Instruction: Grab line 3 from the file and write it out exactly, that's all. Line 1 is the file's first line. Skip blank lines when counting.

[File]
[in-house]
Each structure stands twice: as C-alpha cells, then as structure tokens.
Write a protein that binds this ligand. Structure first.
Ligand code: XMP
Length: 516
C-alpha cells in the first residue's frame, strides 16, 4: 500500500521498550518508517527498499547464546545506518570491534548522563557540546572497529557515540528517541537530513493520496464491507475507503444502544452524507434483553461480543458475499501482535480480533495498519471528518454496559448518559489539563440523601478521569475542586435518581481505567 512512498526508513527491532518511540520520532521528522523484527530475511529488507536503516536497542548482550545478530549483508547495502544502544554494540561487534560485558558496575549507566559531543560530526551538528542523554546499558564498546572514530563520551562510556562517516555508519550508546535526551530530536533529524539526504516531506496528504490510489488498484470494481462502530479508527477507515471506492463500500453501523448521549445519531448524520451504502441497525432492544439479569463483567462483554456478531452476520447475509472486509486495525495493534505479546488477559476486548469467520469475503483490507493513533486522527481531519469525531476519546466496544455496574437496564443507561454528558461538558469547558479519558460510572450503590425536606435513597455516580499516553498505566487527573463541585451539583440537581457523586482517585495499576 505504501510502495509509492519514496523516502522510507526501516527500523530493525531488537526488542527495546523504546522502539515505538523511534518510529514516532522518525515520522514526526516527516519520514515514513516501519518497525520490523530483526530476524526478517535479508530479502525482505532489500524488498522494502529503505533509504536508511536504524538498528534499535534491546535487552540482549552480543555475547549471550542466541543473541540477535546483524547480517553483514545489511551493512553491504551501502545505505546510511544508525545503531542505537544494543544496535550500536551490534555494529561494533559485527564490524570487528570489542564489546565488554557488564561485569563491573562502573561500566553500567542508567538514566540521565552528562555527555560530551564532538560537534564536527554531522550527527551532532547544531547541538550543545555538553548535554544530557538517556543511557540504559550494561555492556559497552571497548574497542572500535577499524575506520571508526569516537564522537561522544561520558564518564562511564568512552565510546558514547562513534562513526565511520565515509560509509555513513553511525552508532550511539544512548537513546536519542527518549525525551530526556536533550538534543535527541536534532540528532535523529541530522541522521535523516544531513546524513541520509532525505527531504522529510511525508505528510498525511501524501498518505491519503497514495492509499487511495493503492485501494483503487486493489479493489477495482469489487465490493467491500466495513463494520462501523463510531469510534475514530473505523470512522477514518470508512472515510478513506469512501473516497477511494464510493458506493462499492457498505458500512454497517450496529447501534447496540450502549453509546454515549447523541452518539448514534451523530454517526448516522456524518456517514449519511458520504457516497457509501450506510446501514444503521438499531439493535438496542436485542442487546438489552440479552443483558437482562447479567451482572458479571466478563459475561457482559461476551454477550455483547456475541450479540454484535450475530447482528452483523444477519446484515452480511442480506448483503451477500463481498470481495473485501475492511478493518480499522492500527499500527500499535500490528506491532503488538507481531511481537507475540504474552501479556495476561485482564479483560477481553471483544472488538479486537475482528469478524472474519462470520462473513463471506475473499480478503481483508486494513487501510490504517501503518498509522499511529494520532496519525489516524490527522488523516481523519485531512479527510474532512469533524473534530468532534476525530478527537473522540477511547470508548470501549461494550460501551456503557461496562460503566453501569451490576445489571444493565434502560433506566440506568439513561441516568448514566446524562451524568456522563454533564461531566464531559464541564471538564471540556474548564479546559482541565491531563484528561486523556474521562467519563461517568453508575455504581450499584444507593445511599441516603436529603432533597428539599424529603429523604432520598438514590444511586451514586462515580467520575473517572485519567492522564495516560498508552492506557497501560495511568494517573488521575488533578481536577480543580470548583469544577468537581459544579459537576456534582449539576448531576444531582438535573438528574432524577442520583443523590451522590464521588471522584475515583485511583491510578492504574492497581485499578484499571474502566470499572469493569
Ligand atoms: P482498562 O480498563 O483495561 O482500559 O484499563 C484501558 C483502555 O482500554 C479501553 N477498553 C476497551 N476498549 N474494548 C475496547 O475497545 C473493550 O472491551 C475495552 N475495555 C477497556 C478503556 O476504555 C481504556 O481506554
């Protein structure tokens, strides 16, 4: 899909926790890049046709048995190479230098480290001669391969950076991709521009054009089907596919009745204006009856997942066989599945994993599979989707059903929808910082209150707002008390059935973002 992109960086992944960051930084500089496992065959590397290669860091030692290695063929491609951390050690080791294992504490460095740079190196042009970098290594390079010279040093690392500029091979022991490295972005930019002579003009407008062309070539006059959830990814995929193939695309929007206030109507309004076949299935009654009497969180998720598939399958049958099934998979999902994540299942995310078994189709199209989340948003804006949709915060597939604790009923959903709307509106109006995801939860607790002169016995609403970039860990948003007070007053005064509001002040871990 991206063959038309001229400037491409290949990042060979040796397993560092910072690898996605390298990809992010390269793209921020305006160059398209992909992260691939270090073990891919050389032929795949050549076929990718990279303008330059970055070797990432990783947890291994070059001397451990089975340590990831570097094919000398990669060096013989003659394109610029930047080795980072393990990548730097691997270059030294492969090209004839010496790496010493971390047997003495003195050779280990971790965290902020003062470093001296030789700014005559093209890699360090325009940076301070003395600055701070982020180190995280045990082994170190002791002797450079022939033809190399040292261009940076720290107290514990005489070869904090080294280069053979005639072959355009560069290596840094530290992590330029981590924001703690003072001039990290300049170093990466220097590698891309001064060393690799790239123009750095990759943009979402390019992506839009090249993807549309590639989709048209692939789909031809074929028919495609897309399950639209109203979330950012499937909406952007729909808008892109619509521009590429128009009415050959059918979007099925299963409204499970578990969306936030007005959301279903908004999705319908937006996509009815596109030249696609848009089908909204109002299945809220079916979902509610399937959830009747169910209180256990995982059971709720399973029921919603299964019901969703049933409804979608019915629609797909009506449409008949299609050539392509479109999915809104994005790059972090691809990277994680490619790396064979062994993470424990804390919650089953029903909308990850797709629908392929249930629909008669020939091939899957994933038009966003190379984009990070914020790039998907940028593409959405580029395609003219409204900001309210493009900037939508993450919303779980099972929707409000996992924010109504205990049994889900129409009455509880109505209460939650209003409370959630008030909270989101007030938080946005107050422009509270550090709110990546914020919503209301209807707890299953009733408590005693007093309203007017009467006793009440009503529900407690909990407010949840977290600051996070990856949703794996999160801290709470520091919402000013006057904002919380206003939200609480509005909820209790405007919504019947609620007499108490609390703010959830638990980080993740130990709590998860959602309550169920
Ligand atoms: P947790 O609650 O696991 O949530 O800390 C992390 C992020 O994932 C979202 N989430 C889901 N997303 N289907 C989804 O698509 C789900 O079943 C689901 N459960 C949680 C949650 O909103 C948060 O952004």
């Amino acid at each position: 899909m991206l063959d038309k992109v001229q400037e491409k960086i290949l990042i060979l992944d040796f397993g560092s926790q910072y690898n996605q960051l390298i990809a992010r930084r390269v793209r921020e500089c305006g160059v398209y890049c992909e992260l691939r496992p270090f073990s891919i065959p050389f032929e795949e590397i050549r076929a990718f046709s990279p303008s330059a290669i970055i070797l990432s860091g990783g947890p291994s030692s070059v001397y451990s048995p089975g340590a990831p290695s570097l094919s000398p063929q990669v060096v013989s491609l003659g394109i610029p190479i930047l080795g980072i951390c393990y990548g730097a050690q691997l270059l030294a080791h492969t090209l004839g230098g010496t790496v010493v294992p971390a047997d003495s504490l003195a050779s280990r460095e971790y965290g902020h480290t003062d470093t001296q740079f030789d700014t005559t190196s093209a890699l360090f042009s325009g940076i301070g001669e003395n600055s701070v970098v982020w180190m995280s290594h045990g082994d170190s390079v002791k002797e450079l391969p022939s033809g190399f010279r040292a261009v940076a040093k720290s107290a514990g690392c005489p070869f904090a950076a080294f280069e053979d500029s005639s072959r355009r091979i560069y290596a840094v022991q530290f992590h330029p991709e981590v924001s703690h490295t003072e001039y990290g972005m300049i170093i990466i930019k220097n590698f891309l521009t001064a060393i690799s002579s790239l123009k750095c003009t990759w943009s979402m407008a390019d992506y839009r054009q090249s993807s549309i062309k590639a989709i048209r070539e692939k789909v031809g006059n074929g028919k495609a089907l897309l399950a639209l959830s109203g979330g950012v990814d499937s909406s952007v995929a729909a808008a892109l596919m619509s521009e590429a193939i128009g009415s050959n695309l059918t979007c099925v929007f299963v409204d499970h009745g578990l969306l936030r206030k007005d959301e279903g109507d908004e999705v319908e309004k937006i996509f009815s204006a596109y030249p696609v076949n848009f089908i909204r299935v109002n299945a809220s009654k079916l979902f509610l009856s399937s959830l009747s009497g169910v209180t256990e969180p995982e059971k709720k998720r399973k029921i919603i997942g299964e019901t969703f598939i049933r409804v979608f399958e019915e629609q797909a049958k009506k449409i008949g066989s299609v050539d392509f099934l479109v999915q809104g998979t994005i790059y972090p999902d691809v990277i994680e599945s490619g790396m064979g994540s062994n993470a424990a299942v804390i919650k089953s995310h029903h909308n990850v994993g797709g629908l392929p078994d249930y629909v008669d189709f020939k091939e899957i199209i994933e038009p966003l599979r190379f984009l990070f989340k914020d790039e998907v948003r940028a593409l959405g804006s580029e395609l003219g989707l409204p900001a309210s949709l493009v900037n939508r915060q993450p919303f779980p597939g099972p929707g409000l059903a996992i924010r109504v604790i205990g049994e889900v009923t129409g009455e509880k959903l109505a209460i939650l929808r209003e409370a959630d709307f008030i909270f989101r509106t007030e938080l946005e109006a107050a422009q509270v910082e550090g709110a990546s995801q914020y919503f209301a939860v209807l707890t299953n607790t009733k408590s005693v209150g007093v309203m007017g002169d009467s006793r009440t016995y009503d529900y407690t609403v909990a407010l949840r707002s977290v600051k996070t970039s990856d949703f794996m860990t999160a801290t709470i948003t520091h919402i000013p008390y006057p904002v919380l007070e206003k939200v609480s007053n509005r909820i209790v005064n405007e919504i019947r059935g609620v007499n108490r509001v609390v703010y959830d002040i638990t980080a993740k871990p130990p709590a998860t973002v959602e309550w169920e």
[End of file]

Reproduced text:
Write a protein that binds this ligand. Structure first.